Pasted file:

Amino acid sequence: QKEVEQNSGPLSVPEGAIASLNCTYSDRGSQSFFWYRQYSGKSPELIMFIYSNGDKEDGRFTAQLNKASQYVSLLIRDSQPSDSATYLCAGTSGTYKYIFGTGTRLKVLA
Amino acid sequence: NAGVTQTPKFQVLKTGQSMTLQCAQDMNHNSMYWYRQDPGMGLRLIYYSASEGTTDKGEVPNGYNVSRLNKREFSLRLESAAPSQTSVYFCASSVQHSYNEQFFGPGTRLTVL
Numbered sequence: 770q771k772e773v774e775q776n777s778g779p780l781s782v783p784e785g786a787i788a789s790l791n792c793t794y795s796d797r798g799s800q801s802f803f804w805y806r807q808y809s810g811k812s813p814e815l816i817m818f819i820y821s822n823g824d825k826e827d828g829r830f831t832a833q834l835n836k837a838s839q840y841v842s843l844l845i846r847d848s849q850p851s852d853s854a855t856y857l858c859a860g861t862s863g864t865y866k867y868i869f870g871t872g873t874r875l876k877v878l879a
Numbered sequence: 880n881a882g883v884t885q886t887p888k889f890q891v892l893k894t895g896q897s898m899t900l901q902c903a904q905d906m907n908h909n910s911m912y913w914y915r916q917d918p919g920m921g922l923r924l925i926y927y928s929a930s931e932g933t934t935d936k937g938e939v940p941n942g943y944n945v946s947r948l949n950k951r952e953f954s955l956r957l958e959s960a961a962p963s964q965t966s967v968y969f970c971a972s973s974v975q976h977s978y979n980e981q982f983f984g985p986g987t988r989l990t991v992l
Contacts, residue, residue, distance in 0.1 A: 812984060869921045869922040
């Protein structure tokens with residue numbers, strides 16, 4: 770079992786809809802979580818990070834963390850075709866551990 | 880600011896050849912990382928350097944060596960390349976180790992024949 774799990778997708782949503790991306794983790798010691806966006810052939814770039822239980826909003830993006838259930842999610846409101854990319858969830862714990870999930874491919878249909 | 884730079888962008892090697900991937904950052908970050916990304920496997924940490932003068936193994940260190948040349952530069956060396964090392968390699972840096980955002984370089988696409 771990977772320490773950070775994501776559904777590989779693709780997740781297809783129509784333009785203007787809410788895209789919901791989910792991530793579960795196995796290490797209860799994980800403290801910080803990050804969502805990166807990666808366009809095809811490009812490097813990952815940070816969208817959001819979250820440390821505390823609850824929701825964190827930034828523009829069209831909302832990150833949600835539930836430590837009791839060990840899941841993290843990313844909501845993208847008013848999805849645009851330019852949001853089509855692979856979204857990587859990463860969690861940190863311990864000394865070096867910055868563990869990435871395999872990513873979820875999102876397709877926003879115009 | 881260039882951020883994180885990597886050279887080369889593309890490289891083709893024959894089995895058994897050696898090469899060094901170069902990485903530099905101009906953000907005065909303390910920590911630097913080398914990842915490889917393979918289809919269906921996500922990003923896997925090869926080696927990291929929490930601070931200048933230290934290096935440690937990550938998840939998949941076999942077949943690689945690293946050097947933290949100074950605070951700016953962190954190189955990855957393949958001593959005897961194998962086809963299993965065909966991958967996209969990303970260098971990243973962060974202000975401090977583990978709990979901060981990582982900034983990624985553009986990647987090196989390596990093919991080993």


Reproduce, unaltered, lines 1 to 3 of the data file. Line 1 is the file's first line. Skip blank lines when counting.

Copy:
Amino acid sequence: QKEVEQNSGPLSVPEGAIASLNCTYSDRGSQSFFWYRQYSGKSPELIMFIYSNGDKEDGRFTAQLNKASQYVSLLIRDSQPSDSATYLCAGTSGTYKYIFGTGTRLKVLA
Amino acid sequence: NAGVTQTPKFQVLKTGQSMTLQCAQDMNHNSMYWYRQDPGMGLRLIYYSASEGTTDKGEVPNGYNVSRLNKREFSLRLESAAPSQTSVYFCASSVQHSYNEQFFGPGTRLTVL
Numbered sequence: 770q771k772e773v774e775q776n777s778g779p780l781s782v783p784e785g786a787i788a789s790l791n792c793t794y795s796d797r798g799s800q801s802f803f804w805y806r807q808y809s810g811k812s813p814e815l816i817m818f819i820y821s822n823g824d825k826e827d828g829r830f831t832a833q834l835n836k837a838s839q840y841v842s843l844l845i846r847d848s849q850p851s852d853s854a855t856y857l858c859a860g861t862s863g864t865y866k867y868i869f870g871t872g873t874r875l876k877v878l879a